Guatemala - An American Genocide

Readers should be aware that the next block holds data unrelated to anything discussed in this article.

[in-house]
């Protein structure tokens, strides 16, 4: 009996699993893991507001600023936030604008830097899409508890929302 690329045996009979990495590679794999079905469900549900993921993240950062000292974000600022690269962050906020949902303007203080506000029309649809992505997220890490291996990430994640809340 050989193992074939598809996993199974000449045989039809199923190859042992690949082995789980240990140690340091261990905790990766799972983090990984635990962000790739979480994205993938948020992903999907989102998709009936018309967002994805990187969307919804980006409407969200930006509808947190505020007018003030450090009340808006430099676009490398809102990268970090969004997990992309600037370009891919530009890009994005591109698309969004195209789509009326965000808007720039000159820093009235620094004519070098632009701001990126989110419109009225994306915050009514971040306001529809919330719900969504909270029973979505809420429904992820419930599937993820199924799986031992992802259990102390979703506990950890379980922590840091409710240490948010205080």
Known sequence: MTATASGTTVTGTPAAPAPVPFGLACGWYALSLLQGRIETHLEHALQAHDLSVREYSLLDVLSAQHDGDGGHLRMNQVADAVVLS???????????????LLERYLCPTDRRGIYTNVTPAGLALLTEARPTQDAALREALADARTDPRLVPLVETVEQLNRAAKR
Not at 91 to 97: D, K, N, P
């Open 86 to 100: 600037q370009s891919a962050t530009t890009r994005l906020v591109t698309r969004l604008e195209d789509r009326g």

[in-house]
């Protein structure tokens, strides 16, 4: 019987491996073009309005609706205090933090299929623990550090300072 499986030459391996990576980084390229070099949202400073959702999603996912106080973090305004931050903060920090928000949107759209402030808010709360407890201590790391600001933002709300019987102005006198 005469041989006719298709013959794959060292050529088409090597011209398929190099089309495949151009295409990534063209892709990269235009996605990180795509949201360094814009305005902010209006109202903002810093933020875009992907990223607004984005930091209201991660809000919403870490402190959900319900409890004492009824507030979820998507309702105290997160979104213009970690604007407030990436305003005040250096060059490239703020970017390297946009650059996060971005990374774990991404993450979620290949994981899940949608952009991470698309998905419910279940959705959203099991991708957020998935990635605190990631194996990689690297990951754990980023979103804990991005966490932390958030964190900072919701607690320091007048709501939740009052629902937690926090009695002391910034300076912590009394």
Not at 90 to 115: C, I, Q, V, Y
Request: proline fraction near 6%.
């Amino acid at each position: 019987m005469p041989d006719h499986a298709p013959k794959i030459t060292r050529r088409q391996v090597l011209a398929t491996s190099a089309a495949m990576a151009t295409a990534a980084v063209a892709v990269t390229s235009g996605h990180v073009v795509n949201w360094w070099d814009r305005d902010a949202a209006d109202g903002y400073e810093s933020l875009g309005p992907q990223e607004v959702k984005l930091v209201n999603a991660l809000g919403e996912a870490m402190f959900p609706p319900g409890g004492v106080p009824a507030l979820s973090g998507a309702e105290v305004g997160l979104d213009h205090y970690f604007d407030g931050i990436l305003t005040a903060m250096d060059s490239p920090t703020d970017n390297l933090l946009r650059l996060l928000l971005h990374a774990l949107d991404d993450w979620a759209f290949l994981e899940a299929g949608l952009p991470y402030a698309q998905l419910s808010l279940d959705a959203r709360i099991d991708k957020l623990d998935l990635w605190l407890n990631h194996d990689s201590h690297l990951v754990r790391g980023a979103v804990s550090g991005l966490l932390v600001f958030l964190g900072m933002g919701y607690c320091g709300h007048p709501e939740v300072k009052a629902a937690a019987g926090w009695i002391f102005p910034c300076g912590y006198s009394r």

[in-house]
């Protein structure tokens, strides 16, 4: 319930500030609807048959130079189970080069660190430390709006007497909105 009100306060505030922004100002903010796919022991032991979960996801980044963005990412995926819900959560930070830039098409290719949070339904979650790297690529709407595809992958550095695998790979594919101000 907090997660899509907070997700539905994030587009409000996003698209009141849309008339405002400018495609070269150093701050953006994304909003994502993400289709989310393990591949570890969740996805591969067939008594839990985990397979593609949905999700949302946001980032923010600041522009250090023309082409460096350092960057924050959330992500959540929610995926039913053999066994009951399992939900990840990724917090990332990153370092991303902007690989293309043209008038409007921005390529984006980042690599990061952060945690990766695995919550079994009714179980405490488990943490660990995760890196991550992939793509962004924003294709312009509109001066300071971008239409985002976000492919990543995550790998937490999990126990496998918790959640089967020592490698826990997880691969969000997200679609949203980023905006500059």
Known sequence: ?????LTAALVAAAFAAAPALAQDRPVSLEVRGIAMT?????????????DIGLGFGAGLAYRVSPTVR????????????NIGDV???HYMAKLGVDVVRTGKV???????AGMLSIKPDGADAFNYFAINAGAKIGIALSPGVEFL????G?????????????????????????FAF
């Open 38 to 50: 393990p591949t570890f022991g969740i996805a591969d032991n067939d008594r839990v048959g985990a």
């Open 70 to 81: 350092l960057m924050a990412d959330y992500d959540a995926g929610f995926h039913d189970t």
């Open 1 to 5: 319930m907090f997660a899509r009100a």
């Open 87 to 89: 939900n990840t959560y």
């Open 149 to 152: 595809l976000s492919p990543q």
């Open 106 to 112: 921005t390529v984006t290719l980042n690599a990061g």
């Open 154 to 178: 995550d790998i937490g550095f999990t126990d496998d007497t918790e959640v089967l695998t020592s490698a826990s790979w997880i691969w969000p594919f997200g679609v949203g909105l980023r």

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Beneath the lush green hills of Guatemala lie one hundred thousand corpses, the victims of a genocide funded by the US Government. Around a newly discovered mass grave crowd the weeping relatives of Guatemala's lost generation of Mayan Indians. 20 years ago these Mayan men, women and children were condemned as communist guerrillas and massacred. Until now these killings have been blamed on insurgents and vigilantes. But the army-issue bullets being extracted from these skulls by US forensic archaeologists tell a different story. The 400 newly discovered massacre sites are the handiwork of the Guatemalan Army, but they did not act alone -- the CIA told them how to do it. Fearful of Red-spread right on America's doorstep the Reagan administration armed and trained Guatemala's army to stamp-out the communist threat. Veterans of the Reagan administration make no apology for their political agenda. "It seemed clear to us that if you had a Nicaragua in Guatemala, what you've got is... a Soviet style government with secret police agents on the border of Mexico", explains Eliot Abrahms, the then Assistant Secretary of State. Anything was justified to contain the threat, including as is now revealed, turning a blind eye to genocide. Recently released CIA manuals issued to the army explain how to murder people, they even explain how to enter a room with ten people sitting round a table and murder them one by one. These instructions were used against not only guerrillas but countless Indian civilians with Washington's full knowledge. "The well-documented belief that all Ixil Indians are pro-guerrilla has created a situation in which the army can be expected to give no quarter to combatants and non-combatants alike," details one wire from Guatemala to Washington. After analysing the documents released by the CIA on Clinton's orders Kate Doyle is clear that the US are responsible for the horrors perpetrated by Guatemala's army. "The United States created the killing machine that went on to murder and torture hundreds of thousands of people." At a time when Pinochet, Chile's notorious dictator, faces the courts for atrocities, Guatemala is still living with theirs. Over the years 45,000 Guatemalans, guerrillas but also students and professors, priests and social workers - have simply disappeared. Last March, President Clinton apologised for America's support for repressive regimes. But for the relatives of the victims who are presented every day with the gruesome consequences of their country's past, a mere acknowledgement of responsibility is not enough. ABC Australia